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52apolooza: All-Star Western

All-Star Western is riding into 52apolooza!  How does it do?  Click and find out!


Welcome to 52apolooza, the Outhouse feature focusing on DC's September Relaunch.  All of DC's 52 titles will be reviewed by our pool of reviewers to point out the best and worst that DC's new comic book line has to offer.  To see how this book ranks among the other new DC titles, be sure to check out our 52apolooza Rankings!

All-Star Western represents the cowboy comic in DC's New 52.  Written by Justin Gray and Jimmy Palmiotti, how will an old Confederate handle a brave new DC universe?  Read on and find out!

Marvel Reviewer: Niam Suggitt

One of the best things about this Relaunch is the fact that DC are stretching their legs a little and trying out some different genres (or at least genre mash-ups). We've had them moving into Horror, War and Fantasy comics, and now it's the turn of the Western.

But then this isn't that new, All-Star Western is a continuation of the long-running Jonah Hex series, with the same writing team of Justin Gray and Jimmy Palmiotti. I ran hot and cold with that series, liking some issues but disliking others, but on the basis of this issue, ASW is a different story, and one more to my liking.

asw1One of the surprising things about this series is that it isn't really a Western at all. Gray and Palmiotti (I'll call them Graymiotti from now on) have taken Hex away from the wide open West, and moved him East, to the hustle and bustle of Gotham City. But the fact that this isn't a Western isn't a problem, it's actually a plus. Graymiotti do a great job at juxtaposing Hex with his new environment, and show how the progress of American history is kind of leaving him behind. It's fascinating to see Hex out of place, and I can't wait to see how he works in a world he doesn't quite fit in. In this issue it looks like he's bringing the Wild West with him, he's starting Saloon brawls wherever he goes.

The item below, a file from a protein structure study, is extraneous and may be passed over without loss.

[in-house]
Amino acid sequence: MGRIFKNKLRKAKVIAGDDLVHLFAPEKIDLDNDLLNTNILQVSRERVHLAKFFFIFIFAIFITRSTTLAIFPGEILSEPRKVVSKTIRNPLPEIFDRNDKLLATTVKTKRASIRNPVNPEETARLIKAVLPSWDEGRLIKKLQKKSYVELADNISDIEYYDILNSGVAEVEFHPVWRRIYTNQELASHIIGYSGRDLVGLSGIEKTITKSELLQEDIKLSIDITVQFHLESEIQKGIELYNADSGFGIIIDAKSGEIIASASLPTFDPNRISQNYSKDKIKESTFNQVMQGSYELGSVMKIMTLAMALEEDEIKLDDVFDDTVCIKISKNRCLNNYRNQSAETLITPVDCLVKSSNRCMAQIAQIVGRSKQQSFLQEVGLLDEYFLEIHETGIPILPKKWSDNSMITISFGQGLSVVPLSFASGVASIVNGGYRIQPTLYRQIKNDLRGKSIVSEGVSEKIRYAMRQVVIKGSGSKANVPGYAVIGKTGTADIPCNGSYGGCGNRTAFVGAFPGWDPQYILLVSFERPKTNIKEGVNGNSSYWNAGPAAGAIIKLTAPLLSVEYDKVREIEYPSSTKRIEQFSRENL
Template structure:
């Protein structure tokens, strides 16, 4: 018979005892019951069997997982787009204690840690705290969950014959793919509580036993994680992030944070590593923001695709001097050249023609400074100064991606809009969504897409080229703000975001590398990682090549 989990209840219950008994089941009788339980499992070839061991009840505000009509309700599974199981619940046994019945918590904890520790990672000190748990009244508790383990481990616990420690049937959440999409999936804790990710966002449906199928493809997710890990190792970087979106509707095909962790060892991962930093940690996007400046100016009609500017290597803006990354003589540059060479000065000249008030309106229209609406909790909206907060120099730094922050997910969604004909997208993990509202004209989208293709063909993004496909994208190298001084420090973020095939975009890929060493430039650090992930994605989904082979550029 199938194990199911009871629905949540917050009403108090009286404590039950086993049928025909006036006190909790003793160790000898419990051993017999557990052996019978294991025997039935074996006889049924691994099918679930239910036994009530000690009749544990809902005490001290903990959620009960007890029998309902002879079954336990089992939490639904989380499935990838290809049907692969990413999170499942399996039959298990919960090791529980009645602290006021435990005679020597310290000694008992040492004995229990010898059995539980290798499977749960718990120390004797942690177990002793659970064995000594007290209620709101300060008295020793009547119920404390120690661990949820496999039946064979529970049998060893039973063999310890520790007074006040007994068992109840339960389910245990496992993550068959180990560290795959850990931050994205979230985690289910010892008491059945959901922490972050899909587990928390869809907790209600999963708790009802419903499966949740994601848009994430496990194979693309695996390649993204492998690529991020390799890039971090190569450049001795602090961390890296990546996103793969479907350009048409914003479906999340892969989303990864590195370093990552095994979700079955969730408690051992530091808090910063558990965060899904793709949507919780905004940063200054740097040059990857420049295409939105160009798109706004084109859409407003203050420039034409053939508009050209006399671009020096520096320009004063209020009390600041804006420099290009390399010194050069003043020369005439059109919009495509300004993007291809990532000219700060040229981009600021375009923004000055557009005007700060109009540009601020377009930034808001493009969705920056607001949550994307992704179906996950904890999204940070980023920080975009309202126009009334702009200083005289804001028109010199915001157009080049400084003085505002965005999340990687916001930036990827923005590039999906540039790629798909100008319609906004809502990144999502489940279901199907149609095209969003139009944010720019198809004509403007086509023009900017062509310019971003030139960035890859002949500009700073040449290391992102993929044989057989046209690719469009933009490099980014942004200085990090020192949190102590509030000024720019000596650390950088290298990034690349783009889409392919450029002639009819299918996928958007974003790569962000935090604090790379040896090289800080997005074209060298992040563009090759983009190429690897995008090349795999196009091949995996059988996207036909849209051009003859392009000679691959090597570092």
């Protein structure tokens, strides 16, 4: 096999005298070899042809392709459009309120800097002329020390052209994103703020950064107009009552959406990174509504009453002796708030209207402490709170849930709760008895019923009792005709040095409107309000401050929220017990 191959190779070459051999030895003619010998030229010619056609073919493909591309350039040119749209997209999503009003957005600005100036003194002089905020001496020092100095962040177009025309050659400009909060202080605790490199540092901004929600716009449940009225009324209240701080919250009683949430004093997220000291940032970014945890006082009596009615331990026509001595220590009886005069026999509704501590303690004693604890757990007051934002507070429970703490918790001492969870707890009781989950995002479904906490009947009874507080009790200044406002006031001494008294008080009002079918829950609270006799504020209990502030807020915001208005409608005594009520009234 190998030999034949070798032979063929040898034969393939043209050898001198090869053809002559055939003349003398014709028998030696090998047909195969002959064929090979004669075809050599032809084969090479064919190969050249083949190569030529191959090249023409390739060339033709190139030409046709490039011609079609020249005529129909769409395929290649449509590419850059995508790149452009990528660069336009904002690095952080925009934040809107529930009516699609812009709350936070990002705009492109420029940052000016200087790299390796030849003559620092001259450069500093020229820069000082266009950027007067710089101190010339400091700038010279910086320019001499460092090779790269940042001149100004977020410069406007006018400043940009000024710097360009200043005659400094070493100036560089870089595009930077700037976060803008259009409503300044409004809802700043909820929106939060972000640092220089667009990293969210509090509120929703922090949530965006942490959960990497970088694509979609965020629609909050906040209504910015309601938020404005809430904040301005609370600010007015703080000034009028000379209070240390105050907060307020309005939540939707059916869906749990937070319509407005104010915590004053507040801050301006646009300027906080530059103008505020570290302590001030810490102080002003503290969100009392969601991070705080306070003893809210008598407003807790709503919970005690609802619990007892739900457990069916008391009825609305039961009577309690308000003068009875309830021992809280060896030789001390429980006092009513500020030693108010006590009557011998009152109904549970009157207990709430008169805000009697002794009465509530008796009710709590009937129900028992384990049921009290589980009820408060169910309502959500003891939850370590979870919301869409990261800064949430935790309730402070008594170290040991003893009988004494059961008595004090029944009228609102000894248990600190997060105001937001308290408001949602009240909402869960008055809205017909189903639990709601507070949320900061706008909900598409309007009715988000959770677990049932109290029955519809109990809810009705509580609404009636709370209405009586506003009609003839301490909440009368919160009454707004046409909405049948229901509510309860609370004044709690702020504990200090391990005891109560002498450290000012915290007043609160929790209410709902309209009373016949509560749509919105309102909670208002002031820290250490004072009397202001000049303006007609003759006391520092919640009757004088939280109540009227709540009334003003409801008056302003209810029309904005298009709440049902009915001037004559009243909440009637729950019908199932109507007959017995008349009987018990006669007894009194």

Graymiotti also show what makes Hex different by who they have him work with, Doctor Amadeus Arkham, a psychological consultant for the Gotham City Police Department. The writing team show that Arkham is a man of the future compared to Hex's man of the past, and together, they form an interesting team. Arkham's psychological examination of Hex was a lot of fun.

Arkham of course is a famous name for fans of Batman, and this issue contains several mentions of famous Gotham names, we get a mention of an Alan Wayne, a forebear of Bruce, and the Mayor of Gotham in the 1880s is a Cobblepot, whose family will eventually produce The Penguin. These little nods are pretty cool and provide a depth of history to Gotham City that makes the city come alive.

The mystery set up in this issue is a little clichéd, prostitutes are being murdered and words daubed on the walls in blood, but things get a lot more interesting at the end as Graymiotti reveal that there is a much deeper conspiracy behind these serial-killings.